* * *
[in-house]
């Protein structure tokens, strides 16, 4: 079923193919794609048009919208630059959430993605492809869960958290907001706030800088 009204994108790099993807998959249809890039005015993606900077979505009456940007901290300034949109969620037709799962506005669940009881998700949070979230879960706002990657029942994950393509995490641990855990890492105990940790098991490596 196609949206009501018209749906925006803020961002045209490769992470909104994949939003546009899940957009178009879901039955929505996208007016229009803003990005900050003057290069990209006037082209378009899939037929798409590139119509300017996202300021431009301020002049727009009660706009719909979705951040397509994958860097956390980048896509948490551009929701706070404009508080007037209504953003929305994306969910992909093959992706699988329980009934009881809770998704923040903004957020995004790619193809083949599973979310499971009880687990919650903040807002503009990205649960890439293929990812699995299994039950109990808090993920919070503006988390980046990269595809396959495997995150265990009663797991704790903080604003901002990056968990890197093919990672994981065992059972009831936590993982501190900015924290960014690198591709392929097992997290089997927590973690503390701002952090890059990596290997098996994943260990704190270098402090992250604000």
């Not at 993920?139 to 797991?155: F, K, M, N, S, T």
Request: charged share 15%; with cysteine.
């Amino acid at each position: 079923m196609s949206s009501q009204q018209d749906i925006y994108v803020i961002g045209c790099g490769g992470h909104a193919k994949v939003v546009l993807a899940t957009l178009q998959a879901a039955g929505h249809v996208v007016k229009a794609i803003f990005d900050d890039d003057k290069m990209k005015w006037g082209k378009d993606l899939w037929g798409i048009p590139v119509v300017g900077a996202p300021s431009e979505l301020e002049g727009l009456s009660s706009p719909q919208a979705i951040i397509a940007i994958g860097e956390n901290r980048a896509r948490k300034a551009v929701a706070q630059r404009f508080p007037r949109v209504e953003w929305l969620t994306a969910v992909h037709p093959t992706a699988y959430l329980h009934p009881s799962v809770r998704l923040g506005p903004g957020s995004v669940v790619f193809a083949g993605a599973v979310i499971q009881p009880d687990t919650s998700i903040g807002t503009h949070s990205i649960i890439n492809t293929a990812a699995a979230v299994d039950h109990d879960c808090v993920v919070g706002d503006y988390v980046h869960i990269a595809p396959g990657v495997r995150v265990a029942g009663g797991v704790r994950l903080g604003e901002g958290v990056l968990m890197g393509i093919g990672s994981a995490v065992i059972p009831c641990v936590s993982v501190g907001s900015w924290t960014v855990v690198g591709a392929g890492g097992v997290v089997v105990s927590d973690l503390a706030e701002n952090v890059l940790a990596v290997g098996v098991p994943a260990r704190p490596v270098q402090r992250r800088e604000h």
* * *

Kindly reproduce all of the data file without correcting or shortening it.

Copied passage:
[in-house]
């Protein structure tokens, strides 16, 4: 079923193919794609048009919208630059959430993605492809869960958290907001706030800088 009204994108790099993807998959249809890039005015993606900077979505009456940007901290300034949109969620037709799962506005669940009881998700949070979230879960706002990657029942994950393509995490641990855990890492105990940790098991490596 196609949206009501018209749906925006803020961002045209490769992470909104994949939003546009899940957009178009879901039955929505996208007016229009803003990005900050003057290069990209006037082209378009899939037929798409590139119509300017996202300021431009301020002049727009009660706009719909979705951040397509994958860097956390980048896509948490551009929701706070404009508080007037209504953003929305994306969910992909093959992706699988329980009934009881809770998704923040903004957020995004790619193809083949599973979310499971009880687990919650903040807002503009990205649960890439293929990812699995299994039950109990808090993920919070503006988390980046990269595809396959495997995150265990009663797991704790903080604003901002990056968990890197093919990672994981065992059972009831936590993982501190900015924290960014690198591709392929097992997290089997927590973690503390701002952090890059990596290997098996994943260990704190270098402090992250604000």
């Not at 993920?139 to 797991?155: F, K, M, N, S, T």
Request: charged share 15%; with cysteine.
């Amino acid at each position: 079923m196609s949206s009501q009204q018209d749906i925006y994108v803020i961002g045209c790099g490769g992470h909104a193919k994949v939003v546009l993807a899940t957009l178009q998959a879901a039955g929505h249809v996208v007016k229009a794609i803003f990005d900050d890039d003057k290069m990209k005015w006037g082209k378009d993606l899939w037929g798409i048009p590139v119509v300017g900077a996202p300021s431009e979505l301020e002049g727009l009456s009660s706009p719909q919208a979705i951040i397509a940007i994958g860097e956390n901290r980048a896509r948490k300034a551009v929701a706070q630059r404009f508080p007037r949109v209504e953003w929305l969620t994306a969910v992909h037709p093959t992706a699988y959430l329980h009934p009881s799962v809770r998704l923040g506005p903004g957020s995004v669940v790619f193809a083949g993605a599973v979310i499971q009881p009880d687990t919650s998700i903040g807002t503009h949070s990205i649960i890439n492809t293929a990812a699995a979230v299994d039950h109990d879960c808090v993920v919070g706002d503006y988390v980046h869960i990269a595809p396959g990657v495997r995150v265990a029942g009663g797991v704790r994950l903080g604003e901002g958290v990056l968990m890197g393509i093919g990672s994981a995490v065992i059972p009831c641990v936590s993982v501190g907001s900015w924290t960014v855990v690198g591709a392929g890492g097992v997290v089997v105990s927590d973690l503390a706030e701002n952090v890059l940790a990596v290997g098996v098991p994943a260990r704190p490596v270098q402090r992250r800088e604000h």